The Flyers' locker room no longer feels like a morgue on a daily basis, as it was once described by a player who wished to remain anonymous. With a solid leadership group in place and players like Talbot adding wisdom and keeping things light, team unity could pay serious dividends in the playoffs.
Key stats: 9-0-0 when leading after first period; scored first in league-high 15 of 19 games.
Flyers say: "We are just staying within ourselves," Pronger said. "We are not trying to be too cute. We are not a dance-around, finesse type of team. We need to stay within ourselves and allow guys creativity from there. We need some structure in place for us to be successful."
Jaromir Jagr skated by himself yesterday, shooting pucks and working on his stickhandling. General manager Paul Holmgren says Jagr remains "day-to-day" with a lower-body injury that is "not believed to be serious." The initial hope was that Jagr would be able to return tonight against Carolina after missing Saturday's game in Winnipeg, but he might have to wait until Wednesday on Long Island or Friday at home against Montreal.
Brayden Schenn skated in a limited role at practice and could be ready to return to the lineup this week. He has been out with a fractured foot sustained Oct. 26 in Montreal.
BRYZ MAKES GOOD
After blasting the city of Winnipeg last winter when his Coyotes seemed destined for a move back to the prairie town, Ilya Bryzgalov apologized upon his arrival there on Friday. Still, his remarks - when he said last year that living in Winnipeg "would be a tough life for a family" - prompted 8-year-old Donovan Collier to attend Saturday's game with a "Boo Bryzgalov" sign. Upon spotting the sign, Bryzgalov - who backed up Sergei Bobrovsky - surprised the youngster with a game-used stick after warmups, according to the Winnipeg Free Press.
"I made the sign because he said we have no parks and terrible winters," Collier told the paper. "I think it was very nice of him to give me his stick."
1-7-2: The Flyers' record against the Winnipeg /Atlanta franchise since the start of the 2009-10 season. The Flyers had won 14 straight against Atlanta prior to that - winning 13 of them with Antero Niittymaki in net.
5: Goals for Matt Read over the last four games, the best stretch for any Flyers rookie since Mikael Renberg scored five times over three games from Feb. 15-18, 1994.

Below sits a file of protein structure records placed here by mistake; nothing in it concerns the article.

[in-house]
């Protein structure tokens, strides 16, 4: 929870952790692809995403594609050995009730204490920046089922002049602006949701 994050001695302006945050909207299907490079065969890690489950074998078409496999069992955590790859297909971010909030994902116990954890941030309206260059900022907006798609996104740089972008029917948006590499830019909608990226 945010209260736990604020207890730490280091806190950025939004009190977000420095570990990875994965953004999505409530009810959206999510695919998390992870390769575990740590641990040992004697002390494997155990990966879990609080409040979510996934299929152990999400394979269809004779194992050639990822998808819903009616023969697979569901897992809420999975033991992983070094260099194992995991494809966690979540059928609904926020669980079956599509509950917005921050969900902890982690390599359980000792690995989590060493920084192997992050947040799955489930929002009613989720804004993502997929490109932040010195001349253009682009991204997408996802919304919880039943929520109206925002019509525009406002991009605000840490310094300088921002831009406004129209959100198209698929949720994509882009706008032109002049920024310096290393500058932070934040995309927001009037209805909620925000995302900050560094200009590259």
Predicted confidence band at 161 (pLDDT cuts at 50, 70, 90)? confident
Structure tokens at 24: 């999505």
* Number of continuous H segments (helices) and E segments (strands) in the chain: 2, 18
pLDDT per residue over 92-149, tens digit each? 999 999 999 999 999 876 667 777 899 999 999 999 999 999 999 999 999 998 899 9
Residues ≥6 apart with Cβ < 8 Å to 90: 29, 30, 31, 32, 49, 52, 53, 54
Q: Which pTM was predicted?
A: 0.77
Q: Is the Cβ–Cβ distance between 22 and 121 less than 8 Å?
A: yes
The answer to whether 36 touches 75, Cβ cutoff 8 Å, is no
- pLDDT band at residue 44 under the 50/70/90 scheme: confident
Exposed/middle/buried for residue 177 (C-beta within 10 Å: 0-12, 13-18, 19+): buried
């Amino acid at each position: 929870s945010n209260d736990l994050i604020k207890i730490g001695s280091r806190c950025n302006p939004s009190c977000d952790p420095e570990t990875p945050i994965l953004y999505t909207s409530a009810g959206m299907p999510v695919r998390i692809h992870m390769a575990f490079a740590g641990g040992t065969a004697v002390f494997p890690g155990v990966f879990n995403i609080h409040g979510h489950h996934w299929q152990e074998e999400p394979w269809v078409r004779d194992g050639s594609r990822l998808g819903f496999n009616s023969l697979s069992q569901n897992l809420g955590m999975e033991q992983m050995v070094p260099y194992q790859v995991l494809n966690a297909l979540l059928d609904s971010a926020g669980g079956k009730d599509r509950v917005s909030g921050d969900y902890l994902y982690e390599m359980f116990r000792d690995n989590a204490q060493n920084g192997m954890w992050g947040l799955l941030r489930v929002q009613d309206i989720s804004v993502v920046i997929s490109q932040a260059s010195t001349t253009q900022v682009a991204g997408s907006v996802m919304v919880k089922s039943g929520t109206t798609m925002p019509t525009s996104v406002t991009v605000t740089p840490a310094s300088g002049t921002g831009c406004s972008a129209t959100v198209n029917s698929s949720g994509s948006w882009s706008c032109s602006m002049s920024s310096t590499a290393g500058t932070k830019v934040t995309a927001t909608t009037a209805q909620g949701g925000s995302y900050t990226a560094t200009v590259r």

10: Consecutive games, prior to Saturday, in which the Flyers notched the first goal.
987: Days it has been since Scott Hartnell's last four-point game (March 10, 2009). Hartnell would have snapped that drought on Saturday with a four-point performance but had an assist removed from his total upon further review from the official scorers after the Flyers' 6-4 loss at Winnipeg.
NO. 2 MAKES IT 5
Confirming what was reported over the weekend, the Flyers will be retiring defenseman Mark Howe's No. 2 before a March 6 home game against the Red Wings. Howe, 56, last played for the Flyers in 1992. He was inducted into the Hockey Hall of Fame in Toronto last Monday. He finished his career - and is currently employed as a pro scout - in Detroit, the same franchise where his father, Gordie, starred from 1946-1971 as "Mr. Hockey."
Bill Barber's No. 7 was the last number to be sent to the rafters, way back on Oct. 11, 1990. Barry Ashbee's No. 4, Bobby Clarke's No. 16, and Bernie Parent's No. 1 are the other retired numbers.
Just days before their annual matinee on Black Friday, the commencement of the Christmas shopping season, the Flyers finally will unveil their 2012 Winter Classic jersey this morning in the Phillies' clubhouse at Citizens Bank Park.
Numerous prototypes - with even a few good-looking fakes - have been produced by fans since the September announcement made the outdoor game official.
Head to Philly.com/FrequentFlyers to check out the design.